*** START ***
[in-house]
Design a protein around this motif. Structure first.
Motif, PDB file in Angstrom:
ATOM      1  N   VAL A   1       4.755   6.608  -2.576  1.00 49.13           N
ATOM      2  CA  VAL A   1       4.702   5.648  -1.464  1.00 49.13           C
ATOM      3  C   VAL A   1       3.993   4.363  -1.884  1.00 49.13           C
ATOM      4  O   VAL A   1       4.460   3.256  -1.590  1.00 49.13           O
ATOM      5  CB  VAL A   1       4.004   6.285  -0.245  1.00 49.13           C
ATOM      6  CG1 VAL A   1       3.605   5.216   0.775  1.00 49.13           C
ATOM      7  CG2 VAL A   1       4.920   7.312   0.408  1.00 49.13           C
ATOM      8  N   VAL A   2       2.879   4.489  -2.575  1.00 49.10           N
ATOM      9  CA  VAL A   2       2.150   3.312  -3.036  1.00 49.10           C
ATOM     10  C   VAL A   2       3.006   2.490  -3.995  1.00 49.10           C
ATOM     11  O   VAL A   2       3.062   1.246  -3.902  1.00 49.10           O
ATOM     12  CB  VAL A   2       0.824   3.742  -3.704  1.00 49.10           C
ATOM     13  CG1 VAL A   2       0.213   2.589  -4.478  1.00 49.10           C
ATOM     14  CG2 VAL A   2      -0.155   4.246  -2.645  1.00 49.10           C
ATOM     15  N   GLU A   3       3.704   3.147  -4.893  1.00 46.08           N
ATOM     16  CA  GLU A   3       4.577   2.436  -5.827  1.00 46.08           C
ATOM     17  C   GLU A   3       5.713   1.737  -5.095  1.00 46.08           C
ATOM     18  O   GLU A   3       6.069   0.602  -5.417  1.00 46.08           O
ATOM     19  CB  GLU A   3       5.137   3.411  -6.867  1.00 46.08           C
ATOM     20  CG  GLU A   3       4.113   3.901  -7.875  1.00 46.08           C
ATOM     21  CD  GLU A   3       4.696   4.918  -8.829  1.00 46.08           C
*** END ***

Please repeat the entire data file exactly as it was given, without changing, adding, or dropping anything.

[in-house]
Design a protein around this motif. Structure first.
Motif, PDB file in Angstrom:
ATOM      1  N   VAL A   1       4.755   6.608  -2.576  1.00 49.13           N
ATOM      2  CA  VAL A   1       4.702   5.648  -1.464  1.00 49.13           C
ATOM      3  C   VAL A   1       3.993   4.363  -1.884  1.00 49.13           C
ATOM      4  O   VAL A   1       4.460   3.256  -1.590  1.00 49.13           O
ATOM      5  CB  VAL A   1       4.004   6.285  -0.245  1.00 49.13           C
ATOM      6  CG1 VAL A   1       3.605   5.216   0.775  1.00 49.13           C
ATOM      7  CG2 VAL A   1       4.920   7.312   0.408  1.00 49.13           C
ATOM      8  N   VAL A   2       2.879   4.489  -2.575  1.00 49.10           N
ATOM      9  CA  VAL A   2       2.150   3.312  -3.036  1.00 49.10           C
ATOM     10  C   VAL A   2       3.006   2.490  -3.995  1.00 49.10           C
ATOM     11  O   VAL A   2       3.062   1.246  -3.902  1.00 49.10           O
ATOM     12  CB  VAL A   2       0.824   3.742  -3.704  1.00 49.10           C
ATOM     13  CG1 VAL A   2       0.213   2.589  -4.478  1.00 49.10           C
ATOM     14  CG2 VAL A   2      -0.155   4.246  -2.645  1.00 49.10           C
ATOM     15  N   GLU A   3       3.704   3.147  -4.893  1.00 46.08           N
ATOM     16  CA  GLU A   3       4.577   2.436  -5.827  1.00 46.08           C
ATOM     17  C   GLU A   3       5.713   1.737  -5.095  1.00 46.08           C
ATOM     18  O   GLU A   3       6.069   0.602  -5.417  1.00 46.08           O
ATOM     19  CB  GLU A   3       5.137   3.411  -6.867  1.00 46.08           C
ATOM     20  CG  GLU A   3       4.113   3.901  -7.875  1.00 46.08           C
ATOM     21  CD  GLU A   3       4.696   4.918  -8.829  1.00 46.08           C